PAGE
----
Treating Osteoarthritis 2017-01-26T07:28:18-08:00


While there is no cure, treating osteoarthritis and managing the symptoms is possible. Below are some steps for managing OA:

Weight loss

This is helpful if the person is obese. Excess weight causes stress on weight-bearing joints such as the hips and knees.


Exercise allows synovial fluid to warm and thin out. This makes it easier for cartilage in the joint to absorb the fluid. As the cartilage absorbs fluid, it swells and acts as a better cushion against friction. Exercise allows cartilage to do its job. Only through exercise can cartilage get rid of waste products and do the job it is supposed to do. More than one kind of exercise may be helpful. Flexibility exercises help keep the joints from becoming stiff. Strengthening exercises help maintain or increase strength. Low-impact aerobic exercises such as walking, swimming, water aerobics and stationary biking, have many benefits. Aerobic exercise helps maintain a healthy weight, improve overall fitness, and reduce pain. It also promotes strength and flexibility.
Before starting any exercise program, it is important to consult a physician to ensure the best plan for the person with arthritis.


• Acetaminophen is often used for treating Osteoarthritis. Tylenol is a common form of acetaminophen. It is used for pain relief but does not reduce inflammation. Acetaminophen should be taken only as directed. Overdosing can result in liver damage.

• Non steroidal anti-inflammatory drugs (NSAIDs) help reduce stiffness, pain and swelling of the joints. Long-term use at high dosages, however, has been linked to possibly serious side effects. These side effects include internal bleeding, high blood pressure and heart and kidney problems. Vioxx, one of the most widely used NSAIDs, was freely withdrawn from the worldwide market by Merck & Co. Inc. in 2004. The decision to withdraw Vioxx was based upon findings from a drug trial that showed an increased risk of heart attack and stroke after 18 months. People taking NSAIDs should be encouraged to learn about the possible side effects and to report any that are present to their doctor.

• Stronger pain relief meds (e.g. long-acting opoids) are sometimes ordered for severe pain.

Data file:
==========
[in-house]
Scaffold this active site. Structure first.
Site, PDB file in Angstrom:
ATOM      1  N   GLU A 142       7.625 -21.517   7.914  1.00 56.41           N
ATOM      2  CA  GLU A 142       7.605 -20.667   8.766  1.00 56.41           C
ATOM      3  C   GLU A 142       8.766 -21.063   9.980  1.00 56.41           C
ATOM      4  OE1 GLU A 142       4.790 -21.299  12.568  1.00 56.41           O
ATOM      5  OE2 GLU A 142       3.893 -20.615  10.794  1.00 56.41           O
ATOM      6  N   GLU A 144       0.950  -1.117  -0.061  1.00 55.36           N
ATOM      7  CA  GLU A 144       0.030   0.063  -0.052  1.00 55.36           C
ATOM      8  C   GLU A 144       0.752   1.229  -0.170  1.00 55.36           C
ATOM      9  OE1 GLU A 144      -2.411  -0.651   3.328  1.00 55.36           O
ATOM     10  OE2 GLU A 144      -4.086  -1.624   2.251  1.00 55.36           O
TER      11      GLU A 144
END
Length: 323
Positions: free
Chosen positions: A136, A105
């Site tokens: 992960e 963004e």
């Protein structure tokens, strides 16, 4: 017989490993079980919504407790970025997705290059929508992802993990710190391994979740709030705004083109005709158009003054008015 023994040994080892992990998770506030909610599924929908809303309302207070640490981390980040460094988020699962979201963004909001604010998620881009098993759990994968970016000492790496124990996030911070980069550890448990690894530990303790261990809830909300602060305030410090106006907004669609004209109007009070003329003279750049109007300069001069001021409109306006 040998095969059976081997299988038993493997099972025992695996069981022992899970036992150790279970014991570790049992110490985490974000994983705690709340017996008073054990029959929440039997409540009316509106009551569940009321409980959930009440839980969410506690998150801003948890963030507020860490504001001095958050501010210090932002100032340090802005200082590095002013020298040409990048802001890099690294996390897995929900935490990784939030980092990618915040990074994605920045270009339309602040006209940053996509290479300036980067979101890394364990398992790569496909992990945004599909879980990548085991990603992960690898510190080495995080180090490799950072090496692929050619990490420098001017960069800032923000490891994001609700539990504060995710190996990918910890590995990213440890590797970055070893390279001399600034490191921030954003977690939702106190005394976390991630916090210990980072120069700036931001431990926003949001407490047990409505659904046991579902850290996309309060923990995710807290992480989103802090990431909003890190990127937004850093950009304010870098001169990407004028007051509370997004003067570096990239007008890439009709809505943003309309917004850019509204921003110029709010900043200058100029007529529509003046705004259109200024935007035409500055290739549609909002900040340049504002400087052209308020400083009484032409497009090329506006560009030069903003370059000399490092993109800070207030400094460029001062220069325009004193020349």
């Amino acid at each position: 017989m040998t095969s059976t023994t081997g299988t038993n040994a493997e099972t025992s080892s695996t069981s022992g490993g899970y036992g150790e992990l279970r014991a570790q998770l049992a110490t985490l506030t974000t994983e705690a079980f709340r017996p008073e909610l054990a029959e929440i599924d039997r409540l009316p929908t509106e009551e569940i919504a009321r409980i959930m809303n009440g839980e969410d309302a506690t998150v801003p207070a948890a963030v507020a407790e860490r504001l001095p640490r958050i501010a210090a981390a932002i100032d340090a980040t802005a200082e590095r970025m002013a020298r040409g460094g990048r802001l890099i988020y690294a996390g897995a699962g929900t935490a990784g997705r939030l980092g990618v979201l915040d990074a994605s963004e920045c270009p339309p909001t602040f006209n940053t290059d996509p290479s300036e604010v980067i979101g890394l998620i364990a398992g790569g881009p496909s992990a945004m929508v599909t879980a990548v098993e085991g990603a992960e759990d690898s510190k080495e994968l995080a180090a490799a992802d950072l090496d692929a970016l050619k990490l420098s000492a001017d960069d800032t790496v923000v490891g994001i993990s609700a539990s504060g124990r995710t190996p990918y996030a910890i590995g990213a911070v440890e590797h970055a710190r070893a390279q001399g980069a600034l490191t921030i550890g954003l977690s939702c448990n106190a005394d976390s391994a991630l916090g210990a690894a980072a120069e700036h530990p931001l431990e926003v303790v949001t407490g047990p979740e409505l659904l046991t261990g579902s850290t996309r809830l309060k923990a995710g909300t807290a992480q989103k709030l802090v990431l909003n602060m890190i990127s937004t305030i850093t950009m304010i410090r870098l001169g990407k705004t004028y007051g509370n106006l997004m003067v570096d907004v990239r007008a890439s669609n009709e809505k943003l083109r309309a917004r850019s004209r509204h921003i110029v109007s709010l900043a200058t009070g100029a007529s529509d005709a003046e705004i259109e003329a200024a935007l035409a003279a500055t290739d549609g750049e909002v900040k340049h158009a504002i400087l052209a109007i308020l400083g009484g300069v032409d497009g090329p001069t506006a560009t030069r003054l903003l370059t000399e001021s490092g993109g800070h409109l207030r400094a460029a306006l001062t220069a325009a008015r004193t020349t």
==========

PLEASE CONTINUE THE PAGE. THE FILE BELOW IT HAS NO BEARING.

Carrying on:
• A topical pain reliever works to reduce pain. The cream is rubbed into the skin over a joint. It is often used to help control pain in the knees and hands.

• Steroids are sometimes injected into acutely inflamed joints. The process should be done no more than four times in a one-year period.

Glucosamine and chrondoitin

This is a nutritional supplement that is widely used for treating osteoarthritis. Further research is needed to find out how well the product works.

Heat or cold therapy

Some people find that applying heat (e.g. hot shower) helps reduce joint pain. Cold treatments to a joint may help decrease the swelling and pain.


This is sometimes needed to restore joint motion when the disease has extremely limited joint function. Surgery may involve cleaning or removing damaged tissue or realigning or fusing joints. Fusing involves joining two bones together. Replacement surgery involves removal of part or all of the damaged bone and replacing it with artificial products. Total hip replacement (THR) and total knee replacement (TKR) are two common types of surgery done to restore joint function. If you are caring for a loved one following surgery, such as a THR or TKR, be sure to follow his or her post-op treatment plan.

Arthritis: A Self Help Guide

The goal of this book is to help you to better understand the all-too-common disease known as “arthritis”.
Despite what many people believe, the symptoms are not always the same. The disease pattern, the severity of pain and disability, and the site of the symptoms can differ for different forms of arthritis.

As a caregiver, you may know that arthritis causes pain in the joints. But what else do you know about the disease?

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